Discard any sitting water, which will probably look murky at this point (photo below, left). Wash the octopus under running water, rubbing the skin, and each tentacle, to remove debris or sand (photo below, centre). The water should look clear at the end (photo below, right):
Now the octopus is ready for cooking. There are many methods and ways to prep octopus; all the Mexican recipes I reviewed required “espantar al pulpo” – “to scare the octopus” (LOL) which means to submerge and extract it into and from a pot of boiling water. I can only think of trying to avoid thermal shock as a reason to do this procedure, which would be unnecessary if starting with the octopus in a pot of cold water, but since every single Mexican cook seems to follow this step, I decided to honour the method.
Bring a large pot of water to boil over high heat. Hold the octopus by the head, and dip most of the tentacles and body into the water (photo below, left). Count to five, then lift the octopus; the tentacles will look curled now (photo below, right):
Repeat the dipping and lifting two more times, waiting a few seconds in between, and just dropping the octopus into the pot after the third lift (photo below, left). Bring to a boil, and skim foam off the top with a spoon (photo below, right):
Reduce the heat to medium, and cover pot (photo below, left). Allow to cook for 35 to 40 minutes, then start checking doneness every 5 minutes, by piercing the thickest part of the body (in between tentacles) with the tip of a knife or a skewer, until there is barely any resistance (photo below, right):
Remove the whole pot from the heat, and allow to cool to room temperature before handling the octopus, to avoid damaging the skin.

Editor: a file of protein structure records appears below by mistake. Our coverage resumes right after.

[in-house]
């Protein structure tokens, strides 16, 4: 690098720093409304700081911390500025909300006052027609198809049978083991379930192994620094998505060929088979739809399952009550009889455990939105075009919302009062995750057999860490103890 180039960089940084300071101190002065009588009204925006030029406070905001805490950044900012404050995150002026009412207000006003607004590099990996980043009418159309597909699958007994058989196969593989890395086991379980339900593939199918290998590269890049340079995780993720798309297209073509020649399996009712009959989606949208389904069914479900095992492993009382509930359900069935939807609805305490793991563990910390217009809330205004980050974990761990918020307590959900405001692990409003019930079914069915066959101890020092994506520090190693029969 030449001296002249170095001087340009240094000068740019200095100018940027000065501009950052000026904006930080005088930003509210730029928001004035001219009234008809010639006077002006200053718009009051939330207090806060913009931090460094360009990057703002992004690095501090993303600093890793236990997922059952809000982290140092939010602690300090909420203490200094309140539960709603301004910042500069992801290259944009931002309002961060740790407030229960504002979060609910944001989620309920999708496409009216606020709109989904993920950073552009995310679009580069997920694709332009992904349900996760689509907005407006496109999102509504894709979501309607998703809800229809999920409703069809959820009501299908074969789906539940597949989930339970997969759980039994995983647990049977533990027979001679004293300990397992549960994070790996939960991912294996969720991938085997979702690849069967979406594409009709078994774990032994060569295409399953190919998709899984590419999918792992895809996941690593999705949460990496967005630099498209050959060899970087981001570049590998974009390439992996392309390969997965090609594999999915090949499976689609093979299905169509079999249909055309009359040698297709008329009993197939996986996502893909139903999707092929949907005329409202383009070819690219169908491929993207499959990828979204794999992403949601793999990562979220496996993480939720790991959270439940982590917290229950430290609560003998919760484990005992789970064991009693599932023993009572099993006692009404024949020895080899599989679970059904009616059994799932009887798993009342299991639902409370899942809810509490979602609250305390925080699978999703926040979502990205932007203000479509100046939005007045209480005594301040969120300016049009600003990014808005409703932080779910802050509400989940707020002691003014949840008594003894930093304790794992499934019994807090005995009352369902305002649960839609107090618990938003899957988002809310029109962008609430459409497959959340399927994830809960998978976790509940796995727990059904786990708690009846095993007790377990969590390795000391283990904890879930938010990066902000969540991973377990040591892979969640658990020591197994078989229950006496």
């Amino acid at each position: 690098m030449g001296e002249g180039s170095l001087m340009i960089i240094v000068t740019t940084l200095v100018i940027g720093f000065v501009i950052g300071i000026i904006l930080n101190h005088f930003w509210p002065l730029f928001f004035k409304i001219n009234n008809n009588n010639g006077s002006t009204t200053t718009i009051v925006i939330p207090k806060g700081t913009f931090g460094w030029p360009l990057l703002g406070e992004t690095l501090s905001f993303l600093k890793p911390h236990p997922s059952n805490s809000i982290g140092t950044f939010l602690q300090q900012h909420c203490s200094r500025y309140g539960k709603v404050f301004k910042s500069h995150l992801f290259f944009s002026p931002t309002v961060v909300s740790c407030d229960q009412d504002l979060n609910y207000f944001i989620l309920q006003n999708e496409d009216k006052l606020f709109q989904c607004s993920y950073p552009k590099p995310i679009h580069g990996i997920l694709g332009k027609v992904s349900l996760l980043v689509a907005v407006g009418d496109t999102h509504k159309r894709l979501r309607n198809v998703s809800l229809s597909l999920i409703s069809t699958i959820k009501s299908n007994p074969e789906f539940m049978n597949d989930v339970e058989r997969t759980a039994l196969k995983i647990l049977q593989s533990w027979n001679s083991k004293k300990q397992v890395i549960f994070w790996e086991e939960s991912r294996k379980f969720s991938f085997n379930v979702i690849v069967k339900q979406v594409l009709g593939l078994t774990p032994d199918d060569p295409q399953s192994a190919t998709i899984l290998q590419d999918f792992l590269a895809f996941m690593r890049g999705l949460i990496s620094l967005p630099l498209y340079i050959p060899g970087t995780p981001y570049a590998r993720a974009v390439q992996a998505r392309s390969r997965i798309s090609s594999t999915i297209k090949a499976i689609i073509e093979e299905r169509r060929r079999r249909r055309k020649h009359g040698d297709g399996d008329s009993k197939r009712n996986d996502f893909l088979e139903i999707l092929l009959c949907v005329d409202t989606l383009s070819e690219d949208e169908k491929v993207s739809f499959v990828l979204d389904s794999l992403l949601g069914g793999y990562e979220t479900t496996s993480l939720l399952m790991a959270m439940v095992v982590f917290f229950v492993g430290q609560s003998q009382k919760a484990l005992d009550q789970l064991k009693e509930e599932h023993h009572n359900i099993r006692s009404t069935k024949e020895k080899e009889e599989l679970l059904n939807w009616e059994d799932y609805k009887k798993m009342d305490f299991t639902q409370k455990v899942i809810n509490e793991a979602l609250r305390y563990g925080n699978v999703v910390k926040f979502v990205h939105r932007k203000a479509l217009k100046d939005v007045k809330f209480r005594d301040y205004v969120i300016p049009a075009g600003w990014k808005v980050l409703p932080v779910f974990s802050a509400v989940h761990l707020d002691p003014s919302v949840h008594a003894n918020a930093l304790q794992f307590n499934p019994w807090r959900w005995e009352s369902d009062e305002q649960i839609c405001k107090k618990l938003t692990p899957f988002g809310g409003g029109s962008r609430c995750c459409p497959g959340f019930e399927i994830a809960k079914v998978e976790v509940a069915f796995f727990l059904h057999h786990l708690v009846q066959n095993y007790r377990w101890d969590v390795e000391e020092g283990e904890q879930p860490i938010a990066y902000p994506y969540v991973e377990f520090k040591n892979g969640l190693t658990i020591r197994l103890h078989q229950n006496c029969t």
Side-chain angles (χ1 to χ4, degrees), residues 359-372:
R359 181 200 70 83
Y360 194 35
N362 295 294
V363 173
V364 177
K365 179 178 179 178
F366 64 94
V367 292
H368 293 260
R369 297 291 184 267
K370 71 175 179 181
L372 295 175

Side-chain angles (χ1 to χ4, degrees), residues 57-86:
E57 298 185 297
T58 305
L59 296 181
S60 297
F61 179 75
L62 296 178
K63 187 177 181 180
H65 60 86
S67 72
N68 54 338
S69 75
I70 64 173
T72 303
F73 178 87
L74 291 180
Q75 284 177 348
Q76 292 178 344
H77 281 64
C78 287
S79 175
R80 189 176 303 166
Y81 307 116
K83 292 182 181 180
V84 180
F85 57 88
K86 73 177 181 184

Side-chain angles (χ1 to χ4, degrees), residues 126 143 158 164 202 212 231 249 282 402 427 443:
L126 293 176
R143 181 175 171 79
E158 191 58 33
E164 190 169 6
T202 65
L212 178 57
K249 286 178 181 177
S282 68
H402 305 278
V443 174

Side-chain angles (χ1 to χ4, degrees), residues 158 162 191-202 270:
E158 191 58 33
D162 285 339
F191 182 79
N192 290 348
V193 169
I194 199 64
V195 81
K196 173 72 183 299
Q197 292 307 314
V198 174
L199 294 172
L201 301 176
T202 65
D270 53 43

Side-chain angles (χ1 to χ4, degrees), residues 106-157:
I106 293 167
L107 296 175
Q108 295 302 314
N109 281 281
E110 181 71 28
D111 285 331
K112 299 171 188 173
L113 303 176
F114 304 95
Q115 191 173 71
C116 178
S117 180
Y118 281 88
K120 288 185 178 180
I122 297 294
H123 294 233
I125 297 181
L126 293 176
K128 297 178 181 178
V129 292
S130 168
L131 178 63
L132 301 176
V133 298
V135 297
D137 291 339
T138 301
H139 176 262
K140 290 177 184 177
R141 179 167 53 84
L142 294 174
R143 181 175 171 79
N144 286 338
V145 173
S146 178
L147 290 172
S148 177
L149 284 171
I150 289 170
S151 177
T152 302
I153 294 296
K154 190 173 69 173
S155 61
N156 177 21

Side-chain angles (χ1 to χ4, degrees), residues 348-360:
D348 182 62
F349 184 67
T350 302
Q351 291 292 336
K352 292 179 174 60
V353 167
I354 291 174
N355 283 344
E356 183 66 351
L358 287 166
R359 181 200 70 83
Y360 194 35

Cooked octopus may be stored in the refrigerator for a couple of days in a container with lid, either on its own, or with some of the cooking water, as shown below:
When ready to proceed with any recipe, separate each tentacle cutting with a knife on either side, towards the body (photo below, left); the rest may be sliced (photo below, centre). For some recipes, it may be cut into smaller pieces (photo below, right):
Octopus on the Griddle – Pulpo a la Plancha
Ingredients (for two portions)
2/3 lb (300g) cooked octopus (whole tentacles, or chopped into bite size pieces)
1 tbsp olive oil
2 cloves garlic, peeled and chopped
Salt and freshly grated pepper, to taste
Warm up oil in a griddle or iron skillet over medium heat; add octopus, season with salt and pepper, to taste, and allow to cook and char a little on one side, for two to three minutes:
Flip to the other side, season again with salt and pepper, and add chopped garlic, cooking for another two to three minutes:
Serve hot with a side including fresh vegetables, in this case, a portion of my Couscous Salad with a Mexican Twist:
The octopus meat was so tender and yet not mushy, full of flavour and complemented by the notes of garlic and other seasonings:
I am also sharing my post at Thursday Favourite Things #534, with Bev @ Eclectic Red Barn, Pam @ An Artful Mom, Katherine @ Katherine’s Corner, Amber @ Follow the Yellow Brick Home, Theresa @ Shoestring Elegance and Linda @ Crafts a la Mode.